Being a member of a spirited minority seems to have appealed to Fox, perhaps because he had excellent models for such a role. At the London School of Economics he joined the students’ Conservative Society at a time when Hayek was there, and Karl Popper and Michael Oakeshott as well. In the 1950s, the LSE ethos still remained, after Harold Laski, one of “determined, earnest, Fabian socialism.” As a student, Fox hugely enjoyed being against all that.
That was not all he was against. The year 1956 brought political distractions. He briefly found himself allied with the Left on Suez, chanting “No war in Egypt! Eden must go!” at a demonstration and tangling with police. Soon after, fugitives from Hungary’s abortive uprising arrived, among them a student from some grey Institute for Marxism-Leninism, and Fox helped relocate him in England. The young man explained that his previous study had been “Proletarian Philosophy.” Asked what he wanted to do now he was in England he replied, “Go to Oxford University.” Asked next what he wanted to study at Oxford he said, “Bourgeois Philosophy.” No worries, thought Fox, he’d be fine...
“God bless the USA! So large, so friendly, and so rich!” So said the famous English poet W.H. Auden en route to California. Robin Fox felt much the same way alighting in his own academic Promised Land. An ethnographic foray into New Mexico got him thinking about matrilocal marriage (in which a man moved in to live with his wife’s family instead of the more prevalent opposite pattern), and he was pleased to meet members of an actual totemic “Fox clan” in Cochiti. But math was a bit of a worry, and when he attended a seminar on the componential analysis of Zuni kin terms and was asked by the Chairman of Harvard’s Department of Social Relations, Clyde Kluckhohn, if he would like to comment, he said: “No. I didn’t understand a word of it.”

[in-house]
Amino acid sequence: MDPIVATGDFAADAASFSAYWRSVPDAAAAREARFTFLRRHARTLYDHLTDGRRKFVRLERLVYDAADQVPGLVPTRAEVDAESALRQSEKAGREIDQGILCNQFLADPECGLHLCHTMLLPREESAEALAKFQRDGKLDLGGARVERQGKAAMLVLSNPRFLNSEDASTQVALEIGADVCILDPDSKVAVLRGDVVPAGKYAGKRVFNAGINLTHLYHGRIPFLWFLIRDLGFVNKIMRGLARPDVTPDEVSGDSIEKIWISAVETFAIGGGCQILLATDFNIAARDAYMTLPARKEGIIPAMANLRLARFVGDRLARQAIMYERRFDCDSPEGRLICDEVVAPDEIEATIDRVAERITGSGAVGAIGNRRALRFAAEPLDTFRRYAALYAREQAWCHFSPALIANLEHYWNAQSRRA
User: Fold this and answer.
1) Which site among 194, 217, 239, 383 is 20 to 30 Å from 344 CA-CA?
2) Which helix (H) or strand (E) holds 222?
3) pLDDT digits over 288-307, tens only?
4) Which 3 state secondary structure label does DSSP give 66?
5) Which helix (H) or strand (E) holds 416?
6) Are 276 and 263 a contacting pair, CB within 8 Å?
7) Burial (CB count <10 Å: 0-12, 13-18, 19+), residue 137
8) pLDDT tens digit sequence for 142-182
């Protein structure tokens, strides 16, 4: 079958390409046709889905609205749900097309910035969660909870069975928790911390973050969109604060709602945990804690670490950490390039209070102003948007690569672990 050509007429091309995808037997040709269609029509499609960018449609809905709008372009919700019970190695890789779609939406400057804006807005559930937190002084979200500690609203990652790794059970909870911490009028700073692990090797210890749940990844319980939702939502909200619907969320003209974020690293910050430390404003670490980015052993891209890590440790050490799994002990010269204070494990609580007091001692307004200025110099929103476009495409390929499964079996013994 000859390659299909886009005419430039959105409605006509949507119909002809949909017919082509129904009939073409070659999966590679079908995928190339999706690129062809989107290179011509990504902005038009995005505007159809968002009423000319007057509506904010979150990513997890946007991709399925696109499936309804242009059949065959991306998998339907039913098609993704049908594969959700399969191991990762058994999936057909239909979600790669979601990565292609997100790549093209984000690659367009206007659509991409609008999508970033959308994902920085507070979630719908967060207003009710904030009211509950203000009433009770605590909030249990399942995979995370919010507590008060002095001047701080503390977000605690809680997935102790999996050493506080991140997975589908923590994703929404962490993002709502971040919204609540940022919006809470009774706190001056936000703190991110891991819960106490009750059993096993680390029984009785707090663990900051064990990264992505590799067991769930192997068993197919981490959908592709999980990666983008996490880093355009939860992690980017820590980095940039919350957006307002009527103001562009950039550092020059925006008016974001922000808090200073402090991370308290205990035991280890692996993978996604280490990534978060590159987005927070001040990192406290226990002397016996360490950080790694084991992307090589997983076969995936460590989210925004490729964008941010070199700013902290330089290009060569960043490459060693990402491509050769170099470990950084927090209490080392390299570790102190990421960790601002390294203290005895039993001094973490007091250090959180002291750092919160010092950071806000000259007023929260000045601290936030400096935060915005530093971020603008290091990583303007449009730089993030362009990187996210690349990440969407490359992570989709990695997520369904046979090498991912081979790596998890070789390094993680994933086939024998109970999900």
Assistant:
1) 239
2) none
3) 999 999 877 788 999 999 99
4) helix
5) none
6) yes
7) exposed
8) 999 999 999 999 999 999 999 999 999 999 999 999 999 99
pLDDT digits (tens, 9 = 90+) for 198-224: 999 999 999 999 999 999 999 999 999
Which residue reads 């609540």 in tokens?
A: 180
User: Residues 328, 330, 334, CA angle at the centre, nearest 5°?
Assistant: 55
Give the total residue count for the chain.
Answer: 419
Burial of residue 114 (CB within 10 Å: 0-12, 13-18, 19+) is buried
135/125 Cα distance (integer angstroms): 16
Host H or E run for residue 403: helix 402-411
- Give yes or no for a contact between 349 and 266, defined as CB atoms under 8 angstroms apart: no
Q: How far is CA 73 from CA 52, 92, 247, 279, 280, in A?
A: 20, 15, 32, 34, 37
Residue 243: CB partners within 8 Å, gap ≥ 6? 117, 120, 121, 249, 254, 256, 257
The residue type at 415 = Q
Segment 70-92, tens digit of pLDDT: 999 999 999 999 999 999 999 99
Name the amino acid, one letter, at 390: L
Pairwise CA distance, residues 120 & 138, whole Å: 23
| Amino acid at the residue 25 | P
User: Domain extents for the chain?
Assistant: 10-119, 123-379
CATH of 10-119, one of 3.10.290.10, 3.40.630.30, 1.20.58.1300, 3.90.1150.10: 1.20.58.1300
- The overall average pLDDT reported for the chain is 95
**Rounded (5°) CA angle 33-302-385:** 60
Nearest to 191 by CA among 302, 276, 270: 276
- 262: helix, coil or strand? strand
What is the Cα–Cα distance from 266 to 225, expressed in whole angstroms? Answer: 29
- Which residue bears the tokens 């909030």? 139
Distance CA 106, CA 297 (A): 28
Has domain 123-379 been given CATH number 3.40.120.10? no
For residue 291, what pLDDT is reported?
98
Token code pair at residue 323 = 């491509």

There was a silence, a collective gasp, then a spontaneous burst of laughter and a round of applause. No-one in the thirty-year history of the lecture series had ever made such an admission. . . . You never said you didn’t understand: this was status death.4
Even harder to understand than componential analysis was American anthropology’s infatuation with ethnic “culture.” In America, culture was king. There were presumably at least some Americans who understood Darwin’s remark, “Origin of man now proved . . . he who understands baboon would do more towards metaphysics than Locke”, but they were thin on the ground at Harvard. There, understanding human behavior meant understanding the kaleidoscopic diversity of cultural rules. Whole courses (whole degrees, even entire careers) could be built around minutely interpreting exotic details of ritual, conduct and belief. But, as for taking seriously a systematic comparison of the social behavior man shares with his fellow primates, or the universals men share among their many cultural expressions, forget it.